by Lily Tuck
In 1967, Claire meets James on an airplane, they have sex, they get married, and because he is attached to the U.S. Army in Thailand, supporting the American forces in Vietnam, she moves with him to Bangkok. Shortly after arrival, still uncomfortable with servants, the heat, the language, she meets the American millionaire Jim Thompson (a real historical figure), who just the following week disappears in Malaysia (a genuine mystery that has never been solved). Claire becomes somewhat obsessed with Thompson, his amazing house (an agglomeration of Thai traditional houses in various styles) and the forces that seem to have contributed to his disappearance (communism, or counter-communism, corruption, anti-colonialism, sex, greed) contribute to her own downward spiral until, as the subtitle (“The Woman Who Shot A Man”) forewarns, she shoots a man.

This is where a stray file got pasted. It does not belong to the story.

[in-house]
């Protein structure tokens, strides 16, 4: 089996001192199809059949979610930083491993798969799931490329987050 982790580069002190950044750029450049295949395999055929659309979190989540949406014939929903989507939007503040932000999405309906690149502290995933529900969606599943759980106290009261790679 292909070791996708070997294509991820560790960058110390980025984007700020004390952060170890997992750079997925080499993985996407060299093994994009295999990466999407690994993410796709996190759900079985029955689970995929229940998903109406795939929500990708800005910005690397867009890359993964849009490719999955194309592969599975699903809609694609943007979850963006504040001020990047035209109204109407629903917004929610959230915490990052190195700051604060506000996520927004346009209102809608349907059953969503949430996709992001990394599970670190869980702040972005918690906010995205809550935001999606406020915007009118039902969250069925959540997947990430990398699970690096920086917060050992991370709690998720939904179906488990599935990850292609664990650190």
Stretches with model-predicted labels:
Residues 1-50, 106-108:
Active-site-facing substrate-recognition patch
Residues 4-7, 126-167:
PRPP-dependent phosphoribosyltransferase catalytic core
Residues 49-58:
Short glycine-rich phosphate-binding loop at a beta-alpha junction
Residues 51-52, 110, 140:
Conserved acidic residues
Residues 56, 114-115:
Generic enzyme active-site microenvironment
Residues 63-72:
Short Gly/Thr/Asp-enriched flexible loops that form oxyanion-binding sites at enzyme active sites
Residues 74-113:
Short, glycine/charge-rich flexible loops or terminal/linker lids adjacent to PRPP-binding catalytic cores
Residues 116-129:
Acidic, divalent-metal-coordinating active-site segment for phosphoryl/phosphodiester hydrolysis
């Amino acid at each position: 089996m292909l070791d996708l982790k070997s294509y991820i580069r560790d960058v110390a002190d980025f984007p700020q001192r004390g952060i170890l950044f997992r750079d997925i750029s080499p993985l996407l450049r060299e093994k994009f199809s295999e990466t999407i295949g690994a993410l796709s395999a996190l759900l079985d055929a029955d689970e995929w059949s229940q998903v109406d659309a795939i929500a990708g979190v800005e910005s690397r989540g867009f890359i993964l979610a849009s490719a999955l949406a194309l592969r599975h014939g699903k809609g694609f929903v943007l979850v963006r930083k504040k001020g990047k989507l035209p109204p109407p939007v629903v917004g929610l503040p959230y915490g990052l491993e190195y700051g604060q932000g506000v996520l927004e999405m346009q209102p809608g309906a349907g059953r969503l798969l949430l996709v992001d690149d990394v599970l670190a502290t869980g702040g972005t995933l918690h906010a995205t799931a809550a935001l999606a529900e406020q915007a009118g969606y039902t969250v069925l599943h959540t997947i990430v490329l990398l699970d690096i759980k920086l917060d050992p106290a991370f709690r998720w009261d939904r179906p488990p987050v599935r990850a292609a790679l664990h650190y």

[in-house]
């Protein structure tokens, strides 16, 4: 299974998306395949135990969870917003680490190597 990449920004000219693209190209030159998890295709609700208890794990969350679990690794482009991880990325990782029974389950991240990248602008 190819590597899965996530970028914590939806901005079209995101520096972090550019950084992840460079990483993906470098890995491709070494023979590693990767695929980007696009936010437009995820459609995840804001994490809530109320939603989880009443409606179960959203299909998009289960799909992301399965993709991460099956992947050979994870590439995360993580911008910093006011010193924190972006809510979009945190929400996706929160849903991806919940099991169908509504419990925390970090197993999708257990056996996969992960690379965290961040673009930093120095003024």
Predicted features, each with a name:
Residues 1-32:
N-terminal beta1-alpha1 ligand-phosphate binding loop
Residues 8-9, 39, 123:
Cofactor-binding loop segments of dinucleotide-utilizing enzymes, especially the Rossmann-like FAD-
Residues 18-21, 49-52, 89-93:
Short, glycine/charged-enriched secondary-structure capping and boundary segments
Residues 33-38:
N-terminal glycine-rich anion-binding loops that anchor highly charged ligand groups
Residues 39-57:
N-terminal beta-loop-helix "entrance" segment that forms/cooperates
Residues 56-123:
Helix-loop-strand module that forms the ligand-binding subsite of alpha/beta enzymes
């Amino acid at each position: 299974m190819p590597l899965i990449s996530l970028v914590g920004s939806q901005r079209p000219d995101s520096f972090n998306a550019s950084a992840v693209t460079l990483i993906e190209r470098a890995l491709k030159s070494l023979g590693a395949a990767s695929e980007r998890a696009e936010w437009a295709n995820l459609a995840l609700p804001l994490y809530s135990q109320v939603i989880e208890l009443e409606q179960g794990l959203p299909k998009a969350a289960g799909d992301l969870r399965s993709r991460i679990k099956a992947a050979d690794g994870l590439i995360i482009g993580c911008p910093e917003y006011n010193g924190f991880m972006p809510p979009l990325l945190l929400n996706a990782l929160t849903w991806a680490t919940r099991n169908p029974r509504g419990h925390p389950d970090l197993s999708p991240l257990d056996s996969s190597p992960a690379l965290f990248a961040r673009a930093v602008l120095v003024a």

This brief novel is straightforward, dark and very Graham Greene like, and a rewarding fast read. The interweaving of the Thompson story is interesting and it reminded me that I had visited the Thompson house in Bangkok on at least one occasion. Thompson is credited with building the Thai silk industry and one can buy silk at his house and view his collections. I bought a biography of Thompson, by William Warren, which recounts his life and disappearance, and includes some fantastic pictures of the house. The book isn’t just cloth-bound, it’s silk-bound. (Although this isn’t exactly the same book, William Warren has written another book about Jim Thompson that might be interesting to you: Jim Thompson: The Unsolved Mystery.)
As for Tuck, Siam is a much more successful, if less ambitious, book than her NBA-winning The News from Paraguay which I discussed her a few months ago. If you read only one, go with Siam. Listen to Martha Woodroof’s NPR interview with Tuck here.